Baylor graduate students are passionate about using their talents to serve others in their community. This passion is obvious in the graduate students who work at The Baylor Clinic for Assessment, Research, and Education (CARE), a program which provides assessments and therapy for children with cognitive and developmental disabilities. Baylor CARE therapists are all graduate students in the educational psychology program who are specializing in applied behavior analysis.
CARE therapists devote much of their time to helping clients improve communication, social, adaptive, and other life skills. The program serves children ranging from three to eighteen years old and from very low to very high-functioning. Therapists also work with parents to teach them new strategies to help their children.
“We don’t know what it’s like to be in their shoes. But the things that we’re working on in the clinic and the research that goes on there, I hope is contributing in some way to being helpful in their everyday lives,” says Rachel Scalzo, CARE therapist and PhD student in educational psychology.
To ensure that CARE therapists are ready before they start therapy, they start out shadowing other therapists. Once they are assigned to work with a child, they also spend time getting to know the child and building trust before beginning formal therapy sessions. In addition, CARE therapists have plenty of help throughout their time working at the clinic, both from their peer therapists and from CARE Director, Dr. Tonya Davis and Behavioral and Educational Services Director Kristen Mainor.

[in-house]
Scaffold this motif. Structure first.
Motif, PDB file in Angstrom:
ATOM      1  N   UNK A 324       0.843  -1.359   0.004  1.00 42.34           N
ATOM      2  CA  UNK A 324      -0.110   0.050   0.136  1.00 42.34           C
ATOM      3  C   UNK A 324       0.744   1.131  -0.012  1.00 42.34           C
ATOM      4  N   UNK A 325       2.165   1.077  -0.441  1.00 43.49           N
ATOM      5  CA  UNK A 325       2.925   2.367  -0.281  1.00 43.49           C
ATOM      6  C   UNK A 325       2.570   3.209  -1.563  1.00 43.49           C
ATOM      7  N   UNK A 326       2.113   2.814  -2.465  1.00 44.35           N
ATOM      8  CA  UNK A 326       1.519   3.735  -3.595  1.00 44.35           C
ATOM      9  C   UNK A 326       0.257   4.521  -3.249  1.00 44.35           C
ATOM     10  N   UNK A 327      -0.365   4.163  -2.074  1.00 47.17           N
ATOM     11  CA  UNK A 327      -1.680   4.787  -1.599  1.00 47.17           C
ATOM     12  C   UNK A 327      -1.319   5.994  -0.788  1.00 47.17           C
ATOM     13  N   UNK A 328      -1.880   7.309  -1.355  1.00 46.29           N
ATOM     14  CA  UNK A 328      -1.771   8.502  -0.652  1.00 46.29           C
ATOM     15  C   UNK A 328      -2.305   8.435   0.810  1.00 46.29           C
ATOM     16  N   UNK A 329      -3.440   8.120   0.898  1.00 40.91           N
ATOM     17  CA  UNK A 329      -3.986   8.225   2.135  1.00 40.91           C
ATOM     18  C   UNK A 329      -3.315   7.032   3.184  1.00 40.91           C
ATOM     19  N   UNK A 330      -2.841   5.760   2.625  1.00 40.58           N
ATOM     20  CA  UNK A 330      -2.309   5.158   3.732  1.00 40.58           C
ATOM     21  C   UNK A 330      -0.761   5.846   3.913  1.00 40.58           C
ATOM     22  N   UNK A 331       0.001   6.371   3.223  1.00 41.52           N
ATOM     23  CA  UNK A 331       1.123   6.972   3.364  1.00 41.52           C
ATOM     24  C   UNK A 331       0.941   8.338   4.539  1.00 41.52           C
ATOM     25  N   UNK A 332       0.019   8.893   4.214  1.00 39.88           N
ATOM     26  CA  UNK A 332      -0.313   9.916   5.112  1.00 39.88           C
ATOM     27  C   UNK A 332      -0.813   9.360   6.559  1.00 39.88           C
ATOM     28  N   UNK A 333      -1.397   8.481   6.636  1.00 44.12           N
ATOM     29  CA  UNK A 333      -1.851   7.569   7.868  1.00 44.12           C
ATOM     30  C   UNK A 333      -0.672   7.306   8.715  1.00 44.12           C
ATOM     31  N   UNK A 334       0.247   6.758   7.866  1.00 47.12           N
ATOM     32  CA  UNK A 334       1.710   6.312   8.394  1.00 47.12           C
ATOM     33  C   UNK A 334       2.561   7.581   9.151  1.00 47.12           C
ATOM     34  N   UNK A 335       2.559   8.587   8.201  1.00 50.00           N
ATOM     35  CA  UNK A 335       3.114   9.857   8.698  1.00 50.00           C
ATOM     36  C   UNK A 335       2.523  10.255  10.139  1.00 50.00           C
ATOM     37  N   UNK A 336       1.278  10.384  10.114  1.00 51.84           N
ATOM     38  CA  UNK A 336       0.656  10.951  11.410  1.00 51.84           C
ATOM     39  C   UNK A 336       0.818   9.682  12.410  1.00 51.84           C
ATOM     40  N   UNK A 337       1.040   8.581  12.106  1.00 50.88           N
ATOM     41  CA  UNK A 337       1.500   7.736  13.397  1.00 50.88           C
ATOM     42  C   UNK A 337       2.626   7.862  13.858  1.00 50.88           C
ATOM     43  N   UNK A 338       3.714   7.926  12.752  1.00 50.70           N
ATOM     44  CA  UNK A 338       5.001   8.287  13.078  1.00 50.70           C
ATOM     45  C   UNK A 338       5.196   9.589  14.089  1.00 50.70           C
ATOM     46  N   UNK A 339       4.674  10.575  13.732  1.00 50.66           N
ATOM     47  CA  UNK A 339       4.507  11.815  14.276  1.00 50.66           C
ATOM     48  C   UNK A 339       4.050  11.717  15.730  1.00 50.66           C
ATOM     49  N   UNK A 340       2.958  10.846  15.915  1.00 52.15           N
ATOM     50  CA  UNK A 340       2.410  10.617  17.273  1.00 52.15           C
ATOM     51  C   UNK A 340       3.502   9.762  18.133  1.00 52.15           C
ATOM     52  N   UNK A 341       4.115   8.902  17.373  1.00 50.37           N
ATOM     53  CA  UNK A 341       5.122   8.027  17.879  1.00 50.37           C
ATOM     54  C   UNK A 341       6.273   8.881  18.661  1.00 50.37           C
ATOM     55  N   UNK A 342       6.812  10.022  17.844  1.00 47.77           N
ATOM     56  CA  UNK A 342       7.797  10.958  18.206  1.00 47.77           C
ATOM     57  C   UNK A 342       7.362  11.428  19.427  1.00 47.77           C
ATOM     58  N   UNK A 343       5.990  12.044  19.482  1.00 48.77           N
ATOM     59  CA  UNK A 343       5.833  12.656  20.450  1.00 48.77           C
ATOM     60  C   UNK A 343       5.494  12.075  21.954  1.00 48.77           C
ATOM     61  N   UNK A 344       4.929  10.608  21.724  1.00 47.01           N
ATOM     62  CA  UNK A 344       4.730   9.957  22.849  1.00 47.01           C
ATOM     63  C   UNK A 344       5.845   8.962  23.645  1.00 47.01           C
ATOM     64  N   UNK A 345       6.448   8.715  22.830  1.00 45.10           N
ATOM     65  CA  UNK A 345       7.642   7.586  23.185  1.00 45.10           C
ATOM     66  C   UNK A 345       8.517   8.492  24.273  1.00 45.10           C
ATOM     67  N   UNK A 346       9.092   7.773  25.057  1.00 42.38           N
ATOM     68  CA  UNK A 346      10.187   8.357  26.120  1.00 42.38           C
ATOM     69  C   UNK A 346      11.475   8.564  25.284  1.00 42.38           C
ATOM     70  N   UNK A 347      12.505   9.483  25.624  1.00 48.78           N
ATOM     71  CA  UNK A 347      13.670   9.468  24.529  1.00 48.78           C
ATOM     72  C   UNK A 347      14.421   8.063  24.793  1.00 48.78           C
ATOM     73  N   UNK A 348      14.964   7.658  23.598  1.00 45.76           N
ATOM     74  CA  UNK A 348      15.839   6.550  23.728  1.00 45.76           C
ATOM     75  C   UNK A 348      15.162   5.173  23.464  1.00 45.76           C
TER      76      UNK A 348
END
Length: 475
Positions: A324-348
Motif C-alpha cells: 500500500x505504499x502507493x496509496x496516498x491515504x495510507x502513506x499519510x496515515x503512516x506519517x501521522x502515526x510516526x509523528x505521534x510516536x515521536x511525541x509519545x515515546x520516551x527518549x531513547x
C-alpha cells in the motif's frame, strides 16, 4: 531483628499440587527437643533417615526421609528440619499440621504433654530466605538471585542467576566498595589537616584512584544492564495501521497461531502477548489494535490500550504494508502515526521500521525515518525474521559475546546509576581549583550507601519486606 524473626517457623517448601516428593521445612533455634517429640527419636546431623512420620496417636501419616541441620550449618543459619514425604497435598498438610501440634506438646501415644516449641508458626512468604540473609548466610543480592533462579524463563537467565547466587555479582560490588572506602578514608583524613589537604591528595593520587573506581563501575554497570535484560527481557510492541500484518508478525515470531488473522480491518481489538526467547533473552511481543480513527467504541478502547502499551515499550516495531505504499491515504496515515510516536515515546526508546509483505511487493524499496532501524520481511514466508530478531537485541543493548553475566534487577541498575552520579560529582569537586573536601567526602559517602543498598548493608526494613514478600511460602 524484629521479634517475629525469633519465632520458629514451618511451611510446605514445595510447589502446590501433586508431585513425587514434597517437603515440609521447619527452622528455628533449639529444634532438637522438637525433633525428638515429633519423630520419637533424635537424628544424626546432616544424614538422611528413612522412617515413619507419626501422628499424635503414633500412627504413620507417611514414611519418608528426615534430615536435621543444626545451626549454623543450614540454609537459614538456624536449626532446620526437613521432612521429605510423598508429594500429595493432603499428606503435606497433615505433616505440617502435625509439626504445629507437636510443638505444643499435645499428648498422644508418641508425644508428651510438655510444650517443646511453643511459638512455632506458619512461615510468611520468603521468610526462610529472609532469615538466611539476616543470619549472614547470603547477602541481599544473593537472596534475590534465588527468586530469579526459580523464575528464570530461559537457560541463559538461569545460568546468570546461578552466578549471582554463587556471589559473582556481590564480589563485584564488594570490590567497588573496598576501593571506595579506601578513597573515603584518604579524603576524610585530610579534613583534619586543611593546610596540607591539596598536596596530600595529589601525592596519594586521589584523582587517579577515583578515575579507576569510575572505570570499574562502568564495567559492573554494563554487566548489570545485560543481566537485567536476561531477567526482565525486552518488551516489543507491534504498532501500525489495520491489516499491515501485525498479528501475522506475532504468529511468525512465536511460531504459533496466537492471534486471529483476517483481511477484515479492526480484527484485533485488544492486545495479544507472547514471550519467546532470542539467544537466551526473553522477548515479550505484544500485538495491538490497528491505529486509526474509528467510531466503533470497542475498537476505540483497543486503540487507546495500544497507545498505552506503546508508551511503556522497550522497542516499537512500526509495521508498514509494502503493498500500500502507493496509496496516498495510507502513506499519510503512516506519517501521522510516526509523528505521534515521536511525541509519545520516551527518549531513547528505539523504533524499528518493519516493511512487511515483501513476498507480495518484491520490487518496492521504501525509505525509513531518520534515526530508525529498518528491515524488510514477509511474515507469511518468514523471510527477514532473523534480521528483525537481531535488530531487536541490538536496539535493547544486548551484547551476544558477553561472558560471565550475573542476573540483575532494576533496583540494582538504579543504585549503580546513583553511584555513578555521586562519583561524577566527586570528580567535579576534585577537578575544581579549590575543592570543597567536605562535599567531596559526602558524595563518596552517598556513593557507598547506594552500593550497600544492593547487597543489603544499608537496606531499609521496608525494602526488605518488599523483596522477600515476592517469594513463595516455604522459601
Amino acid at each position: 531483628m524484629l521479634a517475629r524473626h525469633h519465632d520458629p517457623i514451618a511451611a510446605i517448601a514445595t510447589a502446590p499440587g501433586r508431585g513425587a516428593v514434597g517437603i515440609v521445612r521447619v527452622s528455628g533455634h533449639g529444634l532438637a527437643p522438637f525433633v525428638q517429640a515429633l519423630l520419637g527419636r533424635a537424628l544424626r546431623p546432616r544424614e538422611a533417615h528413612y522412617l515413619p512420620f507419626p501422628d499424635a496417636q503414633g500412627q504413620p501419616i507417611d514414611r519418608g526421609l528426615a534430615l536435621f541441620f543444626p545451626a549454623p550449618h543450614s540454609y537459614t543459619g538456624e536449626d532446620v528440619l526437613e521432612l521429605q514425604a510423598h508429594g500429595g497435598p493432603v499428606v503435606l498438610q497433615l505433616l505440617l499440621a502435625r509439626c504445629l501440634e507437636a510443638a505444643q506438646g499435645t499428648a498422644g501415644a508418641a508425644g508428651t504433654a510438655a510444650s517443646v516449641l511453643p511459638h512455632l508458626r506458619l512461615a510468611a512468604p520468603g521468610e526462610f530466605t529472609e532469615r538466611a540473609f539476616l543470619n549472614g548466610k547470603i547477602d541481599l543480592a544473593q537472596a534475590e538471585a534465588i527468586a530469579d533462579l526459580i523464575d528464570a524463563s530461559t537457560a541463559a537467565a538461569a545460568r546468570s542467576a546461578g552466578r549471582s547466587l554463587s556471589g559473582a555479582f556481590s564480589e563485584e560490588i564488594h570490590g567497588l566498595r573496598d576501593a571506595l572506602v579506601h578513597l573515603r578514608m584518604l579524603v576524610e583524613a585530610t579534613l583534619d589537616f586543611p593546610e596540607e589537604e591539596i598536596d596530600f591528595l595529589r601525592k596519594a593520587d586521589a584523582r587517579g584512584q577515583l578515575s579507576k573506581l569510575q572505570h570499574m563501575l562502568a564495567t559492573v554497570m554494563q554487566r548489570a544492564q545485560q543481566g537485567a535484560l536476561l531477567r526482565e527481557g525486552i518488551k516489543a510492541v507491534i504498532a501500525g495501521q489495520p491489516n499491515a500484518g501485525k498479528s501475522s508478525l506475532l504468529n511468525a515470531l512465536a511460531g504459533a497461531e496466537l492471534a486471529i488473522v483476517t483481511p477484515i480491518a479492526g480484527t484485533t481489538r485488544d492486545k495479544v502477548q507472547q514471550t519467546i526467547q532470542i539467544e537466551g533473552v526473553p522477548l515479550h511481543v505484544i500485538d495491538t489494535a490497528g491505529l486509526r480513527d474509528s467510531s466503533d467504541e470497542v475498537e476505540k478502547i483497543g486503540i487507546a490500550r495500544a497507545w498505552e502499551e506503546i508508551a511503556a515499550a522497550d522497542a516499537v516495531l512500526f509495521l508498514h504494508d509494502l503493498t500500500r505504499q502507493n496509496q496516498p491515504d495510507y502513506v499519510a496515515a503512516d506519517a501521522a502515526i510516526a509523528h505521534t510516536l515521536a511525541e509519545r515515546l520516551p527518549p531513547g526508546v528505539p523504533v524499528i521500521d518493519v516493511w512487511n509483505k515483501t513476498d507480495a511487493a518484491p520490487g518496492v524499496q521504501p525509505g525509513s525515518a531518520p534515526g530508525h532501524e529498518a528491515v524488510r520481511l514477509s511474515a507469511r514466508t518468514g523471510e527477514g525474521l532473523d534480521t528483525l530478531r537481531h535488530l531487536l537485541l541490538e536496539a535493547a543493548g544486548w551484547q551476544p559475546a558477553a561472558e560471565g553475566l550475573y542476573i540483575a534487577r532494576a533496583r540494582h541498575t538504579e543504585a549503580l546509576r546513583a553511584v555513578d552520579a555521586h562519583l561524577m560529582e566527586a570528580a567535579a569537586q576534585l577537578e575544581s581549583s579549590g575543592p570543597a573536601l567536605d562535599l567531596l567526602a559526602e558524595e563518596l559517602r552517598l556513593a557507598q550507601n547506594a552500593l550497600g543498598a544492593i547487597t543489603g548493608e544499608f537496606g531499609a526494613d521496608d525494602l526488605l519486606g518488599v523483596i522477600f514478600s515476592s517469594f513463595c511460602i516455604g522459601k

“It really is just a big family of us who work there,” says Jayden Conte, CARE therapist and graduate student in educational psychology. “Tonya Davis and Kristen Mainor are always there to help you if you need anything at all. They’re very supportive, very knowledgeable, and very helpful.”
Though working with children with disabilities can be difficult at times, CARE therapists feel blessed for the rewarding opportunity to serve their clients and help them grow.
“One client never ever talked. It was a big deal if he even uttered a sound. Now he’s talking, talking, talking. It’s just really cool to see that progression,” says Jayden.
After graduation, Jayden plans on continuing to work at a clinic with disabled children, grateful for the invaluable experiences she has had with the CARE program.
Baylor CARE is always accepting donations to provide scholarships for needy families. If you are interested in donating, contact Tonya_Davis@baylor.edu. If you would like to read more about the great ways CARE is helping children with disabilities and their families click here.
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